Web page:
Sagittal craniosynostosis (SC) is the most commonly encountered form of craniosynostosis. Despite its relative frequency, there remains significant heterogeneity in both operative management and follow-up between centers and a relative paucity of long-term outcome data in the literature. At the authors’ institution, families of children presenting with SC are offered the following options: 1) conservative management with ophthalmic surveillance, 2) minimally invasive surgery at < 6 months of age (spring-assisted cranioplasty [SAC]) or 3) calvarial vault remodeling at any age (CVR). The authors reviewed outcomes for all children presenting with SC during a 5-year period, regardless of the treatment received.
Consecutive children born between January 1, 2008, and December 31, 2012, presenting with SC were identified, and detailed chart reviews were undertaken. Demographic, surgical, perioperative, head shape, scar, and neurodevelopmental (behavioral, education, speech, and language) data were analyzed. The cohort was divided by type of surgery (none, SAC, or CVR) and by age at surgery (early, defined as ≤ 6 months; or late, defined as > 6 months) for comparison purposes.
A total of 167 children were identified, 129 boys and 38 girls, with a median age at presentation of 5.0 (range 0.4–135) months. Three families opted for conservative management. Of the 164 children who underwent surgery, 83 underwent SAC, 76 underwent CVR, and 5 underwent a "hybrid" procedure (CVR with springs). At a median age of 7.0 (range 0.5–12.3) years, there was no significant difference in concerns regarding head shape, scar, or neurodevelopmental outcomes between the early and late intervention groups over all procedures performed, or between the early or late SAC and CVR cohorts. There were more head shape concerns in the SAC group than in the CVR group overall (25.7% vs 11.8%, respectively; p = 0.026), although most of these concerns were minor and did not require revision.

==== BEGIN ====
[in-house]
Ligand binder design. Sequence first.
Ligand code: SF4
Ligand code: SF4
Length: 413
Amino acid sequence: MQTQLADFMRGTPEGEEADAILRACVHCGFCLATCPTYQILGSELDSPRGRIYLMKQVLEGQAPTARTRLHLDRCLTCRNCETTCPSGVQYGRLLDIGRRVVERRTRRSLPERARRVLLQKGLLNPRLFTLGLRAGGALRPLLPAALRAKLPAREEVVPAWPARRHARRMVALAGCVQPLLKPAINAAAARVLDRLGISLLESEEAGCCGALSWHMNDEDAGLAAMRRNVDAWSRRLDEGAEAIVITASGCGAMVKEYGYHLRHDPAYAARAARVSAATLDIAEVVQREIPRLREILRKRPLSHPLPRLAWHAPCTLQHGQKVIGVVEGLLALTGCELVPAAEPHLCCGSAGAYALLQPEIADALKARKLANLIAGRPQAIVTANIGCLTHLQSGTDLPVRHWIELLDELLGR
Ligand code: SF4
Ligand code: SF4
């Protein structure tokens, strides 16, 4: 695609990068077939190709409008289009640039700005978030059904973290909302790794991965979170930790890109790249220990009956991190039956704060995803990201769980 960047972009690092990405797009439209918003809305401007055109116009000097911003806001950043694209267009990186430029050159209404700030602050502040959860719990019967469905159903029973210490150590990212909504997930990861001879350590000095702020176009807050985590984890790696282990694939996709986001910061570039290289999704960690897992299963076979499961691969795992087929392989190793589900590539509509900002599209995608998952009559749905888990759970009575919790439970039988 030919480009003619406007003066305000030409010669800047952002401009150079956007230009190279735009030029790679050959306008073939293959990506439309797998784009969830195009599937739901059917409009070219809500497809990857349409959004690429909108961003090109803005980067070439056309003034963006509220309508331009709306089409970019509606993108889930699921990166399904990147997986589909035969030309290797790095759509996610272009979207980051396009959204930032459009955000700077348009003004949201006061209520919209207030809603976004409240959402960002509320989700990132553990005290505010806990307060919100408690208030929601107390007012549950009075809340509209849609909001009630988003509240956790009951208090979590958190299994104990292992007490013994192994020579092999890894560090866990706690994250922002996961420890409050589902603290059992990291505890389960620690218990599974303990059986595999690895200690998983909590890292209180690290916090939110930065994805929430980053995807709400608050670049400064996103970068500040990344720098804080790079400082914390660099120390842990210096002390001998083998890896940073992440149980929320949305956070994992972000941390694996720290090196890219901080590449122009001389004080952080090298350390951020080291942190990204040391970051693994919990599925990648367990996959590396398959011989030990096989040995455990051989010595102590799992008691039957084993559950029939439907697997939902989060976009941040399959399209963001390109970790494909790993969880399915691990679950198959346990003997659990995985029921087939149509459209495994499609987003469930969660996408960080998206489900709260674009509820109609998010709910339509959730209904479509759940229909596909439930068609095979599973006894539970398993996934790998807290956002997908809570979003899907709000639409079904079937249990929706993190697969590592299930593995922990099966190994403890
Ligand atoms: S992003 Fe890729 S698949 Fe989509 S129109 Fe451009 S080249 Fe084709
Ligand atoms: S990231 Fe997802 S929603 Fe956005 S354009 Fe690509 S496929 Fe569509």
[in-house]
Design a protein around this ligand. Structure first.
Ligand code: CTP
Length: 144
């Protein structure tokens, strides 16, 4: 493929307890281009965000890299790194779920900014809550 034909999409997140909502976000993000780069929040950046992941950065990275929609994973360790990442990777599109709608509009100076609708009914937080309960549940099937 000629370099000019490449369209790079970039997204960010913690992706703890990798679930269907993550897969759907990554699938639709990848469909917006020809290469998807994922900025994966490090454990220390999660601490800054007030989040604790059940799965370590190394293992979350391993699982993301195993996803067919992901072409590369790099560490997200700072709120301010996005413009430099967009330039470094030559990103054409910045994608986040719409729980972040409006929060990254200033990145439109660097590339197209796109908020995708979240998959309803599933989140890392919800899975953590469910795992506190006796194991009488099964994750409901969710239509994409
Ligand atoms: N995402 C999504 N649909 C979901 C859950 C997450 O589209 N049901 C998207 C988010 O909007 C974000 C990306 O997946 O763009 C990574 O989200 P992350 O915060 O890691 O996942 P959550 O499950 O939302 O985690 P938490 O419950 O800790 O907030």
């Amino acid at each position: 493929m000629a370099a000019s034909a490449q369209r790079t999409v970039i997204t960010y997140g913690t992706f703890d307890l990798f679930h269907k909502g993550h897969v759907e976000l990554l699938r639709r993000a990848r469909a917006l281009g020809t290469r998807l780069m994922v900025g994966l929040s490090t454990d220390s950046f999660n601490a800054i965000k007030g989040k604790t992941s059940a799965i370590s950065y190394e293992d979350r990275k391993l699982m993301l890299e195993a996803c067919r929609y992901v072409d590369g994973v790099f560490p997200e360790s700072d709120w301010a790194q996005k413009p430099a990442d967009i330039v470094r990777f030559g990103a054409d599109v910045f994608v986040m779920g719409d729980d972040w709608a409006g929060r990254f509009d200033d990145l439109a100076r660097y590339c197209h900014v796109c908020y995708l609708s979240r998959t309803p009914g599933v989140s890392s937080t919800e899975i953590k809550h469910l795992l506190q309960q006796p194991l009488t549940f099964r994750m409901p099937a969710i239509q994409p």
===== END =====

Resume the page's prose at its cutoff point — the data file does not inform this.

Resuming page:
In this cohort, regardless of operative intervention and timing of intervention, infants achieved similar neurodevelopmental outcomes. Minimally invasive surgery (SAC) appears to result in less complete correction of head shape than CVR, but this may be balanced by advantages in reduced operative time, hospitalization, and blood loss. SAC was equal to CVR in neuropsychological outcomes.